EXAMPLE 25 A one-third portion of the chloromethyl ether of Example 23 was stirred with a solution of 0.44 part of an EXAMPLE 27 A 2% aqueous solution of as prepared in Example 23 was applied to cotton cloth to a 70% 'weight pickup. The cloth was then oven dried, ironed at 235 F. and tested for oil and water repellency. The cloth was then washed in a standard home washing machine, dried and ironed and retested. The durability of the treated cloth was determined after dry cleaning. The results are given below.
Water re- Oil repelleney pellency rating rating Initial 100 110 One laundering 110 Three launderings 80 Five launderings 80 100 One dry cleaning 80 60 EXAMPLE 28 The salts of the invention were tested-as external paper sizes to impart oil, water and ink resistance to paper. Paper hand sheets obtained from a 50:50 mixture of hard and soft wood pulps were dipped into aqueous solutions of the salts, dried and aged at room temperature for 16 hours.
The water repellency of treated papers is determined according to standard test T441-os-63 of the Technical Association of the Pulp and Paper Industry (Cobb Test). This test determines the amount of water absorbed by the paper after two minutes. Compound Water contr (CFa)zCFO(CF2)2(CH2)z0CHzN Parts by volume of- Castor oil Toluene Heptaue The oil resistance of treated papers is determined by 5 the kit test as follows: A kit of 12 solutions of varying proportions of castor oil, toluene and heptane is prepared, as set forth in the following table.
mmwwmwwo smmw 254.80 amino-1 0 33456 The kit value is the highest numbered solution that will stand on the surface to be tested in the form of a drop for 15 seconds, with no penetration of the solution, noted by any darkening of the area under the drop.
The ink resistance of treated papers is determined my the ink flotation test according to the following procedure: a 1.5 inch square of treated paper is folded to turn up all the edges. The square is floated on standard writing ink. The time in seconds required for the ink to penetrate evenly to the upper surface of the paper is 72% (CFa)2CF0(CF2)12(CH2)2OCH2N noted as the ink penetration. A time of 900 seconds or 28% (orazcrotcramcnaroomit 01- Ink resistance Cobb size 7 900 Very good.
6 900 Good.
900 Very good 900 Good.
EXAMPLES 30-43 Halomethyl ethers and their quaternary ammonium salts are prepared according to procedures described above and are eifective surface active agents and oil repellent compounds. The structural formulas of the 75 quaternary ammonium compounds are set forth below.
Concentration, percent Kit N0.
28% (c rewrote memento omit (CFQQCF 0 0 mnormno onniuonm (%H2) 3 (C F920 F O (C Fz)s(CH2)n0 CHzEKCHa):
Cured at O. for one hour.
EXAMPLE 29 The salts of the invention are highly effective surfactants. Various compounds of the invention were added longer denotes excellent ink resistance. The results are summarized below.
Compound to water and the surface tension of the solution measured at 25 C. using a du Nouy tensiometer. The results are expressed in dynes/cm.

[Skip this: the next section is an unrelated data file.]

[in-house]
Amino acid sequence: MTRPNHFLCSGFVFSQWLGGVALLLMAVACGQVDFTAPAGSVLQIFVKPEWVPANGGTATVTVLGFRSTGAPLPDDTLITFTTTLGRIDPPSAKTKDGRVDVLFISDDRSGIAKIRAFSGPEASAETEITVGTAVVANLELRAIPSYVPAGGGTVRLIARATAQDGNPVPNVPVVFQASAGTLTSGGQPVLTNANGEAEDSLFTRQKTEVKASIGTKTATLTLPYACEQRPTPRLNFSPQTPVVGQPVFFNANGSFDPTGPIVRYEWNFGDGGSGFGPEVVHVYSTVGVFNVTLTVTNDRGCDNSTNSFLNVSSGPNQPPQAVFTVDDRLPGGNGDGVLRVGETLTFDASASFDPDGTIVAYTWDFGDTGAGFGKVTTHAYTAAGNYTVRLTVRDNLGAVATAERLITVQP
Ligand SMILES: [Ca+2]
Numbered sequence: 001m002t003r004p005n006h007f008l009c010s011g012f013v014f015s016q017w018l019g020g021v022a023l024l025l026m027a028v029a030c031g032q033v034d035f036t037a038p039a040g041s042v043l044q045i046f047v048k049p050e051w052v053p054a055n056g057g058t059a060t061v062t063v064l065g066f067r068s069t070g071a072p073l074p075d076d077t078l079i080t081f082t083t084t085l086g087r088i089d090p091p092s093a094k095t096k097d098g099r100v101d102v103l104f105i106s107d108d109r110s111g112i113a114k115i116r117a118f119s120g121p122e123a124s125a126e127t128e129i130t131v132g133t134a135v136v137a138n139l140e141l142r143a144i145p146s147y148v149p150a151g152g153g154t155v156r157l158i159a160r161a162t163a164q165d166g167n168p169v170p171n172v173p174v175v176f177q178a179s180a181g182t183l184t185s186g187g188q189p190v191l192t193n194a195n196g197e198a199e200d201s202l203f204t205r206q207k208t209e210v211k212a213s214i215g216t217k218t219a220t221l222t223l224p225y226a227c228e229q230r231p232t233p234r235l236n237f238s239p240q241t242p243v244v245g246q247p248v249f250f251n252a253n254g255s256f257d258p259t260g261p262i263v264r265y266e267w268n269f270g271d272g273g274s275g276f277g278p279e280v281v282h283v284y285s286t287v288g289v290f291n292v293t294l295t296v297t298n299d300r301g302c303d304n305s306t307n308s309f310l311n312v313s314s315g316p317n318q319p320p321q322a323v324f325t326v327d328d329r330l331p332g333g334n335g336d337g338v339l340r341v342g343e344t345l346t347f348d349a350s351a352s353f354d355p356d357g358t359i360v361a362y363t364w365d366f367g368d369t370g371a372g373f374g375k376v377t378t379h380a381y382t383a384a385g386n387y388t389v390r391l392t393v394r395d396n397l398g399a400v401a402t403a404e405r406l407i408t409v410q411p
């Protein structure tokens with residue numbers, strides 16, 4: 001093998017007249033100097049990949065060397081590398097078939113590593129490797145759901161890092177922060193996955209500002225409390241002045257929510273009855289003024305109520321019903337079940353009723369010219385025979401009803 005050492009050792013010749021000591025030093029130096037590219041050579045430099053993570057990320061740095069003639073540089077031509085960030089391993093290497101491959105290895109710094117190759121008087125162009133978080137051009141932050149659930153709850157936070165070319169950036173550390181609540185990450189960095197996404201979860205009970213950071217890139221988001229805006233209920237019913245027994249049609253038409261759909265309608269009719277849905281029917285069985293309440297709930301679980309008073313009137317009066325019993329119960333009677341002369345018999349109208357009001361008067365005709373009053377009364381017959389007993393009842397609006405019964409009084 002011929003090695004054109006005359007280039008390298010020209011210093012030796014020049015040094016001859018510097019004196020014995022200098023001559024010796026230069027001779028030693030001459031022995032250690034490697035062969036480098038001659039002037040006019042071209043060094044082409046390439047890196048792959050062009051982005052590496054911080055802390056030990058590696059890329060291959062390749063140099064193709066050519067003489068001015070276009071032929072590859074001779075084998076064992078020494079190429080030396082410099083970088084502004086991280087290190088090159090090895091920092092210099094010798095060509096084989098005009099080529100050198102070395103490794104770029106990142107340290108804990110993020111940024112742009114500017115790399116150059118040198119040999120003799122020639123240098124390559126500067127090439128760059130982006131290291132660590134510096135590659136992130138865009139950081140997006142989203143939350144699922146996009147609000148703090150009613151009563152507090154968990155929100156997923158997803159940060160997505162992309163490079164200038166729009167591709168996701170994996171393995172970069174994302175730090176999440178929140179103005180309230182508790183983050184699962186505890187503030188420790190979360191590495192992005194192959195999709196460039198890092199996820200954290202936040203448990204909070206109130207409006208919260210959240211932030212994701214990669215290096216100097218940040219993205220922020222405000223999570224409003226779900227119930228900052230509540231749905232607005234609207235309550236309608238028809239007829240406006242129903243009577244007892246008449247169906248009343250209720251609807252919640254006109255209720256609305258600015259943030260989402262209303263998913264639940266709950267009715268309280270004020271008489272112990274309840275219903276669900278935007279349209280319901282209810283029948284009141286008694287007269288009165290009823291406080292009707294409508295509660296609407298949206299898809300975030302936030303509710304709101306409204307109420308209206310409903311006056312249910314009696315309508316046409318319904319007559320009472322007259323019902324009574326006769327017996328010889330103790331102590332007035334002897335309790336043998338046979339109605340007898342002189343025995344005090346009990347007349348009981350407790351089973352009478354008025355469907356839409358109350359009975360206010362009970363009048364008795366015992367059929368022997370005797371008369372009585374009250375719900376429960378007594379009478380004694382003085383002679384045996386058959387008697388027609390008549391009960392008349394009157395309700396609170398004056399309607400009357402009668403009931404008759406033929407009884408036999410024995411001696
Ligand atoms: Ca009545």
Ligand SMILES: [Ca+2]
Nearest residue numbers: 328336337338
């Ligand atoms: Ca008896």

1 6 Example 39 CgH5OH) (CFmC F O(CF,-,) (OH;) O GH N Example 40 2 5 32 ate F 0 2)m( 2)1o 01121 1 Example 41 H CHE-CH1 Example 43 It will be apparent that numerous modifications and variations may be effected without departing from the novel concepts of the present invention, and the illustrative details disclosed are not to be construed as imposing undue limitations on the invention.
wherein R and R independently at each occurrence can be fluorine, chlorine, perfiuoroalkyl or together can form a cyclic perfluoroalkylene group with the proviso that R and R cannot both be chlorine; Z Z Z and 2 independently can be fluorine, chlorine, or hydrogen with the proviso that no more than two of 2 -2 are chlorine; X X X and X independently can be fluorine, chlorine or hydrogen with the proviso that no more than one of X -X is chlorine; r is an integer from 0-1; O-lO; p is an integer from 0-1 with the proviso that when p is 0, It must be at least one and X and X must be hydrogen; Q is the positively charged residue of a pyridine quaternizing agent and, A is an accompanying anion with the proviso that when the number of negative charges of A exceeds the positive charge of R' Q, the excess negative charge is satisfied by cations selected from the group consisting of R' Q and a positively charged protonated tertiary amine cation.
2. A compound according to claim 1 wherein m and n are integers from -10.
3. A compound according to claim 1 wherein R; is of the formula 0 R1 O(CF2)X(CHB)YOCH2 F m wherein R and R independently can be fluorine, chlorine or perfluoroalkyl of 1-2 carbon atoms with the proviso that both R and R are not chlorine; x and y are integers from 1-20 and Q and A have the aforesaid meanings.
4. A compound according to claim 1 wherein QA is pyridinium chloride.
5. A compound according to claim 1 wherein QA is selected from the group consisting of 7. A compound according to claim 4 of the formula 8. A compound according to claim 4 of the formula 9. A compound according to claim 4 of the formula 10. A compound according to claim 4 of the formula 11. A compound according to claim 4 of the formula 0 F9 0 Fowmc F (CH2)n0 smug 01- References Cited UNITED STATES PATENTS 3,510,494 5/ 1970 Gagliardi 260-295 ALAN L. ROTMAN, Primary Examiner US. Cl. X.R.
8-116.2; 117-1385, 252-19, 21; 260247.7 A, 268 R, 286 Q, 294.7 M, 564 E, 567.6 MB
|Citing Patent||Filing date||Publication date||Applicant||Title|
|US5424438 *||Jan 6, 1994||Jun 13, 1995||Ausimont S.P.A.||Polishes for metal surfaces containing cationic emulsifiers, and cationic emulsifiers contained therein|
|US6689900 *||Jan 31, 2002||Feb 10, 2004||E. I. Du Pont De Nemours And Company||Fluorinated crosslinker and composition|
|U.S. Classification||546/339, 250/396.00R, 8/188, 544/177, 544/398, 564/286, 544/174, 564/294, 558/5|
|International Classification||D06M13/00, D06M13/165, C07C43/13, D06M13/322, C11D1/00, C07C43/12, C07C43/00|
|Cooperative Classification||C07C43/137, D06M13/322, D06M13/165, C07C43/126, C11D1/004|
|European Classification||D06M13/322, C07C43/12M, C11D1/00C, D06M13/165, C07C43/13N|